Indigenous Sociology for Social Impact

Indigenous Sociology for Social Impact

Aboriginal and Torres Strait Islander people have a strong contribution to make in leading change in sociology, however, their knowledges are kept on the periphery of our discipline. Associate Professor Kathleen Butler is working to transform sociology by “Indigenising” sociology. She is an Aboriginal woman belonging to the Bundjalung and Worimi peoples of coastal New South Wales, and a sociologist who hosted the “Indigenous Sociology for Social Impact” workshop. The workshop explored ways to address colonial practices in sociology, as well as how to draw on Indigenous expertise to decolonise research, methods and theories in sociology.

Indigenising sociology

Using the Aboriginal method of a “talking circle” (or yarning circle), where any person can contribute to unstructured dialogue, Professor Butler began two-day discussions considering how Indigenous-led practices can enhance Australian sociology.

The first day of the workshop was centred on a thoughtful presentation by former social worker and researcher Karen Menzies on how intergenerational trauma of forced removal of Aboriginal children continues to impact the health and life outcomes of Indigenous people.

The second day of the workshop began with Associate Professor Butler reflecting on her evolving research on sociological teaching and resources. She has analysed the topics covered in higher education sociology courses around Australia, and finds that there is almost no focus on Indigenous scholarship, and that there is little attention to race in central sociology teaching. She argued this is one of the ways in which we see how sociology actively participates in an exclusively Western framing of social issues.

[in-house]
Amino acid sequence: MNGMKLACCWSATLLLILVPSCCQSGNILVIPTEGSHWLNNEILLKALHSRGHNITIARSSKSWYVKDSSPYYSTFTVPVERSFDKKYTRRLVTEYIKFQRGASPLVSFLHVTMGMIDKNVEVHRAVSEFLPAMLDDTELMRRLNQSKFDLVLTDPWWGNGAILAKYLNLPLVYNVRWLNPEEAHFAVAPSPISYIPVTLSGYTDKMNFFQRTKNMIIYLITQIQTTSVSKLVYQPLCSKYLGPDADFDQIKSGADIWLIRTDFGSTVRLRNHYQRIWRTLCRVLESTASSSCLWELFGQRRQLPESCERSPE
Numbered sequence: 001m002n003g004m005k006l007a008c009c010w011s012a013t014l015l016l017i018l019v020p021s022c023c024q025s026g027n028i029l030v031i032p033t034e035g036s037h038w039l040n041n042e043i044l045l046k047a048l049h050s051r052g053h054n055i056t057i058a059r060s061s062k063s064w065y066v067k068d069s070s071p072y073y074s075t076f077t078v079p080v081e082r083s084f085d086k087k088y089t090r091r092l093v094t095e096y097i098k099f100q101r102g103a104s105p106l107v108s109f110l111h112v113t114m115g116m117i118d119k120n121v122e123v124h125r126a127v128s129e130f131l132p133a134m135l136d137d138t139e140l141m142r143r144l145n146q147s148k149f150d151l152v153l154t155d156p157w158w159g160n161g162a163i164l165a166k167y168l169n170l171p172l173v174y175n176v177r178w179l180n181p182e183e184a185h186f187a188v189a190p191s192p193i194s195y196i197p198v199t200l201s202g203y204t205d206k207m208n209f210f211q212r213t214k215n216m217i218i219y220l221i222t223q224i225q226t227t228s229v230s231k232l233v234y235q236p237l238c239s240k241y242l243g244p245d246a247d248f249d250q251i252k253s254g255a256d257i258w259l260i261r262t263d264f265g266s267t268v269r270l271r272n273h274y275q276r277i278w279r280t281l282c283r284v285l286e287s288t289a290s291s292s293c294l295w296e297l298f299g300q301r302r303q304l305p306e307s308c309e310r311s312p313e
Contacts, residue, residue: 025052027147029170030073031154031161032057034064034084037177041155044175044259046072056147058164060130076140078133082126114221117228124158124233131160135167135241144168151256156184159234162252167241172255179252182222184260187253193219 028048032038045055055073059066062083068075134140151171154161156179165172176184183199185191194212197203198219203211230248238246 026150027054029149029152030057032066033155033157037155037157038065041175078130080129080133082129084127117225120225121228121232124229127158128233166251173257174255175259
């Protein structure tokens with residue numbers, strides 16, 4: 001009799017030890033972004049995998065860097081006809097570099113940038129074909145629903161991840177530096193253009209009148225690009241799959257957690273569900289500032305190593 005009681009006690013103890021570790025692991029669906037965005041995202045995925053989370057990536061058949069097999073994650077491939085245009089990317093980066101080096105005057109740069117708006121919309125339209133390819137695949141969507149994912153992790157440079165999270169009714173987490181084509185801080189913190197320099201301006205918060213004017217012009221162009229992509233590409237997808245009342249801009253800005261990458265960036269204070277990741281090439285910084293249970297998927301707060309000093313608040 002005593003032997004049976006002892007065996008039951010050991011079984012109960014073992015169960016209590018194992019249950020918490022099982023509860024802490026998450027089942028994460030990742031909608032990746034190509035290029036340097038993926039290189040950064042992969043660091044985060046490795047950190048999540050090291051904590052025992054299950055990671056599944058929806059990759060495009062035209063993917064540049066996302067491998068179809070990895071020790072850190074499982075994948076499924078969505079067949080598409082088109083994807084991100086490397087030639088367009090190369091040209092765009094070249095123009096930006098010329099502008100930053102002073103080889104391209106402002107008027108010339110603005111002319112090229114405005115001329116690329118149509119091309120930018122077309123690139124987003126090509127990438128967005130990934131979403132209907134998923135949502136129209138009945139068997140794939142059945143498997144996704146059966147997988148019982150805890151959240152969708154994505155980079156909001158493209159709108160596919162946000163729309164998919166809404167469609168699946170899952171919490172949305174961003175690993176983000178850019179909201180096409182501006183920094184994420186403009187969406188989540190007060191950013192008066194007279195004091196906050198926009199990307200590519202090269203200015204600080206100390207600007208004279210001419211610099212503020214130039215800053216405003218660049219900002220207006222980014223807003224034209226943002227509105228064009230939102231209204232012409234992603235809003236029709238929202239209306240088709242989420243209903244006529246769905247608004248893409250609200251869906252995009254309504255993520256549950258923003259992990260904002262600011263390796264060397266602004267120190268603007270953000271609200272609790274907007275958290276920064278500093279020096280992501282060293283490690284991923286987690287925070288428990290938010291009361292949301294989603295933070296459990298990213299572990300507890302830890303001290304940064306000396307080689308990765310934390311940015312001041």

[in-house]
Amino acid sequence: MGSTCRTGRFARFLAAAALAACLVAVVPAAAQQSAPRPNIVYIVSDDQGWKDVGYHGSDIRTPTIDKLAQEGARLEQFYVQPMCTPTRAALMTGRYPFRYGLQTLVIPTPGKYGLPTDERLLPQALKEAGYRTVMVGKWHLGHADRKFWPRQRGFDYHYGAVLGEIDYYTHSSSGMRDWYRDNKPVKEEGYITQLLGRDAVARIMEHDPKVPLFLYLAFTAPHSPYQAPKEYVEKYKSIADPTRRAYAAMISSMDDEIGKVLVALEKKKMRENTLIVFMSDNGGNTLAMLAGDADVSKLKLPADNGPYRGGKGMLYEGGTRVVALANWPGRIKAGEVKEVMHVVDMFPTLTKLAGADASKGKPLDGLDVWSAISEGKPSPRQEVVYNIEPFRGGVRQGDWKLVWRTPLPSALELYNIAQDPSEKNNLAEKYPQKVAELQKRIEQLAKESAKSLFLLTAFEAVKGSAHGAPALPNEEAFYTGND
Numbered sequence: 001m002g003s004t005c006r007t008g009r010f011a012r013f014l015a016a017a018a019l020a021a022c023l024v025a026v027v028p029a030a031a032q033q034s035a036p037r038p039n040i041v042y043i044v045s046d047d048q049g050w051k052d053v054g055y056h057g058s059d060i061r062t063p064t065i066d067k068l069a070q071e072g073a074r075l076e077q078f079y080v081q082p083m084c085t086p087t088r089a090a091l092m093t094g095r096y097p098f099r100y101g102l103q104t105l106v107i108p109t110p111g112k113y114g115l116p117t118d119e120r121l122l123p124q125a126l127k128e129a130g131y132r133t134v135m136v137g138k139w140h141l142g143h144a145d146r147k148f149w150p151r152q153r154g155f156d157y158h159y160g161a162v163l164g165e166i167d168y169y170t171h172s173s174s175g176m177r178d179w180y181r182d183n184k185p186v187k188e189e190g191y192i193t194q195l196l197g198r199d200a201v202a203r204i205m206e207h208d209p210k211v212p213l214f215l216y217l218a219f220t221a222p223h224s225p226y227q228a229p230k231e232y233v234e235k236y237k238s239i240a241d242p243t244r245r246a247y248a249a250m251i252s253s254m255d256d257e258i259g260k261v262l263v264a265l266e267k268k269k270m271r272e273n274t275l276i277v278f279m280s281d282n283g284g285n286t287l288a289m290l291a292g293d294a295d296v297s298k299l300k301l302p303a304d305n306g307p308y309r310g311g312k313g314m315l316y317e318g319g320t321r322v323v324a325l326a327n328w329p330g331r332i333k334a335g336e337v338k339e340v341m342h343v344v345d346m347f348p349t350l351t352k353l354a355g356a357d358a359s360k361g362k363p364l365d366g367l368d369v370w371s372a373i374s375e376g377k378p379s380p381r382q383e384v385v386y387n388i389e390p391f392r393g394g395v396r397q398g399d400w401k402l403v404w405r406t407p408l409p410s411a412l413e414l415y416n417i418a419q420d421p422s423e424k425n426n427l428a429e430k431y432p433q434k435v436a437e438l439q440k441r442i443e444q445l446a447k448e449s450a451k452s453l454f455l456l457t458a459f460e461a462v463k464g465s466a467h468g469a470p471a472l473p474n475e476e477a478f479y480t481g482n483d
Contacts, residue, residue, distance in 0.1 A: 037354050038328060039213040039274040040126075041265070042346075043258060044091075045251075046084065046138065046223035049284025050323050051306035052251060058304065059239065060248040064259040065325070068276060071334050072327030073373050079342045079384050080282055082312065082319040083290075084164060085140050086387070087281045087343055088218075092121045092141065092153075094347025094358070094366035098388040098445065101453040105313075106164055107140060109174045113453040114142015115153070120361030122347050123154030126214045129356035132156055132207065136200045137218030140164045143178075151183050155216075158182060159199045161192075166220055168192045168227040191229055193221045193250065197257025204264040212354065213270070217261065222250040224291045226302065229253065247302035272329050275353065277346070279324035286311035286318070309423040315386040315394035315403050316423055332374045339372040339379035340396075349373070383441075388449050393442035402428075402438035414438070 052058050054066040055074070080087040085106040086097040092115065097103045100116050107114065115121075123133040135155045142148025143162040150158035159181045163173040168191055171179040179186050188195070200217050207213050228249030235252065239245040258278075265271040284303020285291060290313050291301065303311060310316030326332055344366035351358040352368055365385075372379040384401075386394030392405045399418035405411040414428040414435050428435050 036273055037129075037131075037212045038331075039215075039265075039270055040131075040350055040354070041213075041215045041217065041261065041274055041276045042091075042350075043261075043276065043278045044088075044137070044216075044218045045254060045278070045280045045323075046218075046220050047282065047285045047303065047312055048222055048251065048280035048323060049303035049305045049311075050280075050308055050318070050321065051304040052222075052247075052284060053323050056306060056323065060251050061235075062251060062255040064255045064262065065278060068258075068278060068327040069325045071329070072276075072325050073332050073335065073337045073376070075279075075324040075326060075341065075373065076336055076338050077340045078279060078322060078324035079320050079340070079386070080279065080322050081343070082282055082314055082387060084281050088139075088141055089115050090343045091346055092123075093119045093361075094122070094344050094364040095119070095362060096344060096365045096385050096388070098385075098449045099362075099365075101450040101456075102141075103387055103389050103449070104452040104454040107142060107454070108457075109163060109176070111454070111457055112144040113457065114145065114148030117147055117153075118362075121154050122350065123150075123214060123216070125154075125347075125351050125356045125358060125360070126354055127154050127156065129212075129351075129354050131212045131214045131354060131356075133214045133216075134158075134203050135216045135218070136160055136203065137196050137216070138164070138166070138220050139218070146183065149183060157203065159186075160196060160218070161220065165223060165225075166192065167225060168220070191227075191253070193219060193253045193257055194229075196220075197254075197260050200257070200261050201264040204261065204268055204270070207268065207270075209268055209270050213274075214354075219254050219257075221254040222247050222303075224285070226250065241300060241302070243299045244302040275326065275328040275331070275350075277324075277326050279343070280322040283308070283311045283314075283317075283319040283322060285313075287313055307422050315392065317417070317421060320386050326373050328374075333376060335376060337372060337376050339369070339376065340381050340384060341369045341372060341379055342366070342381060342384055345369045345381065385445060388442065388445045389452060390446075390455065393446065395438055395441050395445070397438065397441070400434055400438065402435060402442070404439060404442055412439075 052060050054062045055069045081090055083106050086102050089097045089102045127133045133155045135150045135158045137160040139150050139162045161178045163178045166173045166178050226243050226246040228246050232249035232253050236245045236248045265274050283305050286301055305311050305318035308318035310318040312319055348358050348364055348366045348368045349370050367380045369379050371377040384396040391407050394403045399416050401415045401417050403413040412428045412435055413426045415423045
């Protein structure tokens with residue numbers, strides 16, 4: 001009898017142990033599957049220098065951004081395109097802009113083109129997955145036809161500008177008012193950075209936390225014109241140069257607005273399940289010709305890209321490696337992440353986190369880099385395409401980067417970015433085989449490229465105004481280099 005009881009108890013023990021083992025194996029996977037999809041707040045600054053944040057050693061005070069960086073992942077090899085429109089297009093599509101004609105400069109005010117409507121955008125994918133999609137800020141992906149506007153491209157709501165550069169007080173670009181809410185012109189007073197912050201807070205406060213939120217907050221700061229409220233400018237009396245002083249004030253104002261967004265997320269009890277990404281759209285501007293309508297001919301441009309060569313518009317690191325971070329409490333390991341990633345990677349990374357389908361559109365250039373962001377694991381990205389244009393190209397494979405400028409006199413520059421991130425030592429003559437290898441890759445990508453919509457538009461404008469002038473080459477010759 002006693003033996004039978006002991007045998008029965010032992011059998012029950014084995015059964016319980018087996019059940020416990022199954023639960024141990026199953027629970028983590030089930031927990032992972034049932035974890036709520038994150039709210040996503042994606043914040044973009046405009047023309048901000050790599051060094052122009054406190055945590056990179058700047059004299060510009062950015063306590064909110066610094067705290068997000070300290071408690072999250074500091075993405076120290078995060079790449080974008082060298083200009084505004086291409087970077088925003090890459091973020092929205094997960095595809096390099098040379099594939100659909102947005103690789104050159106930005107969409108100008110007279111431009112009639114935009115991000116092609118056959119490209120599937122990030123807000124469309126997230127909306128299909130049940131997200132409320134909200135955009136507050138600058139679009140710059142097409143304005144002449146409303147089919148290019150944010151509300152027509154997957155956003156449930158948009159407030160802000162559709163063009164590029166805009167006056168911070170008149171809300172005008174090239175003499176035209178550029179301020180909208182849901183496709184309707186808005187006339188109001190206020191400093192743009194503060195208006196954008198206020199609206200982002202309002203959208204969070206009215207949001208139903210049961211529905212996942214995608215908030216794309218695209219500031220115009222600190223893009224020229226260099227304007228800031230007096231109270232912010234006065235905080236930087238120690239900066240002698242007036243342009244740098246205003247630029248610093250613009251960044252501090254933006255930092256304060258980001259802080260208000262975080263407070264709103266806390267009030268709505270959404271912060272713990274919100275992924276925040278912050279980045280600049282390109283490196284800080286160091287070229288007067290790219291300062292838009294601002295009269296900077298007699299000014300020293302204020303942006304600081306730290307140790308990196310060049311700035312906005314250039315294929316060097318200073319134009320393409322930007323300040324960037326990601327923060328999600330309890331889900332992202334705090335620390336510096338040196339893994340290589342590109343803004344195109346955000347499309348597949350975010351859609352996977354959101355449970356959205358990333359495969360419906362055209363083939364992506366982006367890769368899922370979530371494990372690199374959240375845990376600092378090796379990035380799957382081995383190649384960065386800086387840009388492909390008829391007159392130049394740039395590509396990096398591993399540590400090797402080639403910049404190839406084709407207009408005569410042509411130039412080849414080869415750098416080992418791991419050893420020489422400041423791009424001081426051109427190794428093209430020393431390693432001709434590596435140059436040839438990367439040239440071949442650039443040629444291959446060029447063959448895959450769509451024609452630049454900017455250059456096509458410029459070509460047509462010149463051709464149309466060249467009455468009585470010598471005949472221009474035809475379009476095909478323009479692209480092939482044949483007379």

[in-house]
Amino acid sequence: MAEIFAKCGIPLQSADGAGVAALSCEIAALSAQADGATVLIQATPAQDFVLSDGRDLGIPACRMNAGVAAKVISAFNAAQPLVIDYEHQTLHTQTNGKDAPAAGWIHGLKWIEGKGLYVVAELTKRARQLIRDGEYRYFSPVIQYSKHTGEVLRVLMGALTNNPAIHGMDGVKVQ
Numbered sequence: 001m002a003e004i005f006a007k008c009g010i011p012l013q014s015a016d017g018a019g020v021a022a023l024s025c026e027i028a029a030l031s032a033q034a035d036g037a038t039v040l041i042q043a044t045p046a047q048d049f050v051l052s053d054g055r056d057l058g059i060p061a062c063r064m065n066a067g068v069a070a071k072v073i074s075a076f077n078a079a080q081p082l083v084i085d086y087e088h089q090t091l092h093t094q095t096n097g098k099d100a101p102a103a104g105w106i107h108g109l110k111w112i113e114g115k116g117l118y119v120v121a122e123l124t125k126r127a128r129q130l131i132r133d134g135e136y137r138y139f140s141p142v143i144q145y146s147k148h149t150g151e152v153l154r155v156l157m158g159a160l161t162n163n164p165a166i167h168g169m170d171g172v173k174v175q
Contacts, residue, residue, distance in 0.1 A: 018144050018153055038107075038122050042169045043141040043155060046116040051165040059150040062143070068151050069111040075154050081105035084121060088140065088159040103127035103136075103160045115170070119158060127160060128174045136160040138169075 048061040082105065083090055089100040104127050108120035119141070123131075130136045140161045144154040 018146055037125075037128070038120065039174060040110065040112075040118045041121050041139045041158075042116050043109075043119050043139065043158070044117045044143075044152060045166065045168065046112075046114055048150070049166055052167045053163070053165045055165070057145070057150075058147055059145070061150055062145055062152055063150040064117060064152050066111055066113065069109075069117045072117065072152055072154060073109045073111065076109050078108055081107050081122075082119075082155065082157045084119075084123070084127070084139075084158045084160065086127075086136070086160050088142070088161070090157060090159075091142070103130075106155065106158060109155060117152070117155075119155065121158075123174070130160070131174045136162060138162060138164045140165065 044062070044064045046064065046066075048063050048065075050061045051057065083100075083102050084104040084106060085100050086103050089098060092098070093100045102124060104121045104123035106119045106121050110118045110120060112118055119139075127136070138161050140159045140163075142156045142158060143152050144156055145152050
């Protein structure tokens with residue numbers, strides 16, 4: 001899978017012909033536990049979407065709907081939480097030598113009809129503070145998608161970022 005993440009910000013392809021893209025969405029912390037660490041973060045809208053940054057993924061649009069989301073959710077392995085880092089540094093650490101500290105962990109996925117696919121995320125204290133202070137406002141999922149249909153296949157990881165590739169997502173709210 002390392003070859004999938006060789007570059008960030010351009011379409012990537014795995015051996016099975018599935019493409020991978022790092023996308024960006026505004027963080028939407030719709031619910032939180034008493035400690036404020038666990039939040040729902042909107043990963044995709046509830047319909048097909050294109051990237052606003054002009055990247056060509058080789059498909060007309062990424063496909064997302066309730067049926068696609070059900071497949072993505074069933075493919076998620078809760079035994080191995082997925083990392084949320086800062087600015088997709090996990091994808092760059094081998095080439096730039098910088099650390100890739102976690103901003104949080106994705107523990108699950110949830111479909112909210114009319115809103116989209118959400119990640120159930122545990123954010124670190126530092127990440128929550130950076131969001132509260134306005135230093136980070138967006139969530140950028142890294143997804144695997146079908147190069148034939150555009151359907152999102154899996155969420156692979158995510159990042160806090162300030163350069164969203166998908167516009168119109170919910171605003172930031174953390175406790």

We discussed that sociology as a discipline actively perpetuates colonialism in the citing conventions, theories and methods we continue to pass on to students.

Investing in future change

Another question we discussed at length was: how do we account for the fact that the majority of people who are trained as sociologists are not Indigenous? We discussed how Aboriginal sociologists are on the fringes of our discipline, either underemployed or precariously employed as casual staff. We noted a major investment in the training, mentorship, sponsorship, promotion and retention of Aboriginal and Torres Strait Islander sociologists needs to be prioritised in sociology.

Decolonising sociology

We discussed what a decolonised sociological imagination would look like, with critiques of foundational Western sociological texts at the centre. Australian sociology has rebuilt itself before – using a White feminist framework in the 1970s and 1980s – we can do this again using Indigenous knowledges and intersectionality. Associate Professor Butler argued that the work of Professor Aileen Moreton-Robinson (a Geonpul woman) is our starting point for decolonising sociology, especially in Australia.

We also discussed issues of ethics and intersectionality (the interconnections between gender and racial inequality and other forms of social marginalisation).

Read more on my post, including a video interview with Associate Professor Butler delving into the outcomes of the workshop and questions that remain for our discipline. https://othersociologist.com/2018/01/06/indigenous-sociology-for-social-impact/

#sociology #socialscience #indigenous #aboriginal #research #academia #inequality #race #racism #australia #university #socialjustice

Gender Bias in Academic Recruitment

A new study published in PNAS finds academic faculty members display gender bias in their recruitment decisions, inhibiting women’s full participation in science. This study shows that by under-rating women’s scientific achievements, there is “a significant wasted opportunity” within the academic research community. 

“Faculty participants rated the male applicant as significantly more competent and hireable than the (identical) female applicant.”